The old practice of “lost but found” seems to have lost acceptability among people nowadays, especially where the item is of some value, like a sizeable amount of money.
However, the story is different with Malam Kiri Umaru, a Damaturu-based commercial driver, who returned over N1.7 million he found at different times to their rightful owners.
Despite spending about 40 years conveying passengers and goods between towns and villages in cars he drove for others, Umaru’s honesty has not allowed him to even think of keeping for himself, the money he has found forgotten by their owners at various places and times.
Aged 60, Umaru is married to two wives and has 12 children who all depend on what he gets from his job as a driver.
He said the last amount of money he found and returned to the owner was N1,380,000.
He found it in a sealed bag and took it to the leadership of the drivers’ union to be returned to the rightful owner.
Umaru explained that he had loaded passengers on his way to Gashua from Dapchi on that fateful day.
“On approaching Garin Alkali from Bayamari, I sighted a nylon bag abandoned by the roadside and I became curious so I asked my passengers to excuse me and I parked.
“I took the bag but hid before opening it, only to discover that it was full of money.
“I put it in my car boot without informing any of the passengers what I found.
“Upon reaching Gashua, after all the passengers have disembarked, I drove to the leadership of my union, the road transport union.
“We counted the money together and I handed all the money to them to find and hand it over to the owner.
“On returning to Damaturu, I received a call that the owners of the money had been found and they insisted they wanted to see me, but I told them I couldn’t return to Gashua.
“They were so excited and they thanked me immensely.
“You may not know it but that was not the only money I found and returned to their owners; I have at different times also found N150,000, N50,000 and the last one was N1,380,000 and returned all the monies owners,” he said.
On what motivated him to return all money he found to their owners, Umaru said, “I passionately believe that whatever I found not from my sweat is not meant for me.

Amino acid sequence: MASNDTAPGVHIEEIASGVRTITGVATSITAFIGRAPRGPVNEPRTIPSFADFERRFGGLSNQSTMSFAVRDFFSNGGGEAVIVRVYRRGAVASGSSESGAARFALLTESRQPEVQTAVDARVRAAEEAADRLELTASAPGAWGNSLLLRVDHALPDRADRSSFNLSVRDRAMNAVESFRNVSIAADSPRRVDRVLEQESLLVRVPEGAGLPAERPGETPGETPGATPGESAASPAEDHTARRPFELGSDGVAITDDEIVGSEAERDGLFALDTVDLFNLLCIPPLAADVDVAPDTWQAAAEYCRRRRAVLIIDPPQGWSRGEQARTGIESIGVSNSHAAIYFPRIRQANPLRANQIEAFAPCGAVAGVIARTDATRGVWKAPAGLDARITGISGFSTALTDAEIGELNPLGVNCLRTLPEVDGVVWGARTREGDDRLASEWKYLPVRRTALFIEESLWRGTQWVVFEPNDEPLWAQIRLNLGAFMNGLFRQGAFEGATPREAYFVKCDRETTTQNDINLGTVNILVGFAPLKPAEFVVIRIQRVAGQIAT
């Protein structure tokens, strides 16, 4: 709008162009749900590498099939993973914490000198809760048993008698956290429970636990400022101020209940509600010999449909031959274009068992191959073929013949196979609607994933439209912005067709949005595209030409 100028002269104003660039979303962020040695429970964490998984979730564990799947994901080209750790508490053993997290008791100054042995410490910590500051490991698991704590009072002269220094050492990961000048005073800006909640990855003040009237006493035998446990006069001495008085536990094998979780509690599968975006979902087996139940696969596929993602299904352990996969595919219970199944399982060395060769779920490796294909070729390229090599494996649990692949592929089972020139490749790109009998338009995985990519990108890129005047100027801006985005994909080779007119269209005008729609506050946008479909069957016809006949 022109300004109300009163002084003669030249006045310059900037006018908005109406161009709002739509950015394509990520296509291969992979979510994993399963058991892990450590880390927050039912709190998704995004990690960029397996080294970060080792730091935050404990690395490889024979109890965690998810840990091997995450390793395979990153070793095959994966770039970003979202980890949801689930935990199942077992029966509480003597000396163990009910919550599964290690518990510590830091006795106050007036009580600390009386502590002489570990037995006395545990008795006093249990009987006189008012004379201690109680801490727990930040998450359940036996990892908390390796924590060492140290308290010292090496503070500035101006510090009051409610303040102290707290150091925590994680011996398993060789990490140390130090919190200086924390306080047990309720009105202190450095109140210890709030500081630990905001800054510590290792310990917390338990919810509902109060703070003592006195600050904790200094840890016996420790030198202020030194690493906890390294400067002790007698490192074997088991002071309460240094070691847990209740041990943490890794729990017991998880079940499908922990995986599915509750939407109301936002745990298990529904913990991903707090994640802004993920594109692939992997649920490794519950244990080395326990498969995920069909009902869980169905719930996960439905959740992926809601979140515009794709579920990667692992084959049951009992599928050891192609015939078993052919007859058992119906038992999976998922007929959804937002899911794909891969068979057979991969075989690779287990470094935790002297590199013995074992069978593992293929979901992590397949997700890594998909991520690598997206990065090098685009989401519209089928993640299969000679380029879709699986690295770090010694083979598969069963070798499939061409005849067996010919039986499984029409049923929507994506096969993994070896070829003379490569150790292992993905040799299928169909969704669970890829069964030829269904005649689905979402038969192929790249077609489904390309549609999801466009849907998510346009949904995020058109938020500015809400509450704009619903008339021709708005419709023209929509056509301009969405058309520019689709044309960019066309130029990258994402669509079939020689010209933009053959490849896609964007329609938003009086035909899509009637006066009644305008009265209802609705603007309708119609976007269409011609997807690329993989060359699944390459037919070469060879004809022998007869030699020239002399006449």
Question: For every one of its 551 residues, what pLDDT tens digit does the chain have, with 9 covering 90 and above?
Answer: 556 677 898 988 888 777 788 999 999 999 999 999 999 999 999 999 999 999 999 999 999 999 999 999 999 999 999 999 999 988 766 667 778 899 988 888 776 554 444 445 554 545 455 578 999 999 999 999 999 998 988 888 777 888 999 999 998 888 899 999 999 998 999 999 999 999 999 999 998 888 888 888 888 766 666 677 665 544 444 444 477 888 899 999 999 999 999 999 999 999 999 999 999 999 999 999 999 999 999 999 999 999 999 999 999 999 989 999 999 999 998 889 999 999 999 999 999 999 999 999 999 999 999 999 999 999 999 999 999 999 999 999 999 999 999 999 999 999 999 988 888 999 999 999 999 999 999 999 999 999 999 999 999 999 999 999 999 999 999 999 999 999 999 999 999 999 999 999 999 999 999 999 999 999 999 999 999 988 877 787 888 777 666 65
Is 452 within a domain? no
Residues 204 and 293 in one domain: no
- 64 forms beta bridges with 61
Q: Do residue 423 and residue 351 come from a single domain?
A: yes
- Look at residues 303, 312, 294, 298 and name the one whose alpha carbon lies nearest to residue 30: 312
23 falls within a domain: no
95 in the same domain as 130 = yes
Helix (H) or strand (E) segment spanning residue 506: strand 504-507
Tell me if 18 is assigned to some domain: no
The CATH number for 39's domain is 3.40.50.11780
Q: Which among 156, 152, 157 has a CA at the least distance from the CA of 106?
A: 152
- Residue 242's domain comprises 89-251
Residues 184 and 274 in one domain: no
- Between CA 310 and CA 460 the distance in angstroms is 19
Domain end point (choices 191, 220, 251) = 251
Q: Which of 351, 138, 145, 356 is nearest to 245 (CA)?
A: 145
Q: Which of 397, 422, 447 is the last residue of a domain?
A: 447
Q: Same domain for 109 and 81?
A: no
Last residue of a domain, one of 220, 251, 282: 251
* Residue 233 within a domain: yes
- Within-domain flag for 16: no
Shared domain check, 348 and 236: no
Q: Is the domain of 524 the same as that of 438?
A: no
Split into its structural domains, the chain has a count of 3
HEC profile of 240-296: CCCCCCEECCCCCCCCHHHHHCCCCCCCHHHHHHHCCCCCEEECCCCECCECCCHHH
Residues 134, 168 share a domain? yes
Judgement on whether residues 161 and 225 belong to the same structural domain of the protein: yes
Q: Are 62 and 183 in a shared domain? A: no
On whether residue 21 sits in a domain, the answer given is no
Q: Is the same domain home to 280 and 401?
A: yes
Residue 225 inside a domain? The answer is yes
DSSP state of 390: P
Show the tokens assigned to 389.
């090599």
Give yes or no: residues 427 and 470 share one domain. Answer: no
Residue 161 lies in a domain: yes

“Of course money, over one million naira, was huge to anyone in my class; it can pay for a new car, and I found it all alone, without anybody knowing, including my passengers.
“But I would not have peace of mind if I hold on to it for my use.
“I may get involved in an accident and die in the car as the money is not my legitimate earning.
“So I felt whatever God has not ordained for me would never come my way and I don’t demand any reward for doing what I believe in.”
One of the union leaders, Saleh Bakoro, disclosed that Umaru’s gesture has since earned him respect among his peers.
He said: “To be frank with you, many people want to hire him to drive their cars because he always makes payment to the car owner as agreed.
“We never found him wanting in all the years we have known him.
“He is always honest. In fact, we all want to emulate him.”
He said Umaru had once returned N150,000 he found belonging to a driver who had declined to give him a N3000 loan.
“He was lucky Umaru was the one that found the money.’’
For his uncommon attitude, the Network for Yobe Civil Society Organisations (NYCSO) has traced Kiri Umaru and presented him with an award of ‘Ambassador of Honesty and Contentment’.
While presenting the award, the Executive Director of the network, Alhaji Baba Shehu, noted that finding people such as Kiri Umaru is now very difficult hence the need to honour him.
He also got cash support of N250,000 and food items from Yobe State Governor Mai Mala Buni in appreciation of his honesty.
The donations, which were handled through the State Focal Person for North East Development Commission, Dr Ali Ibrahim Abbas, were meant to support Umaru to keep to his good principle.
The governor said the token donation was also aimed at encouraging people from all walks of life to imbibe honesty in whatever they do.
Culled from Daily Trust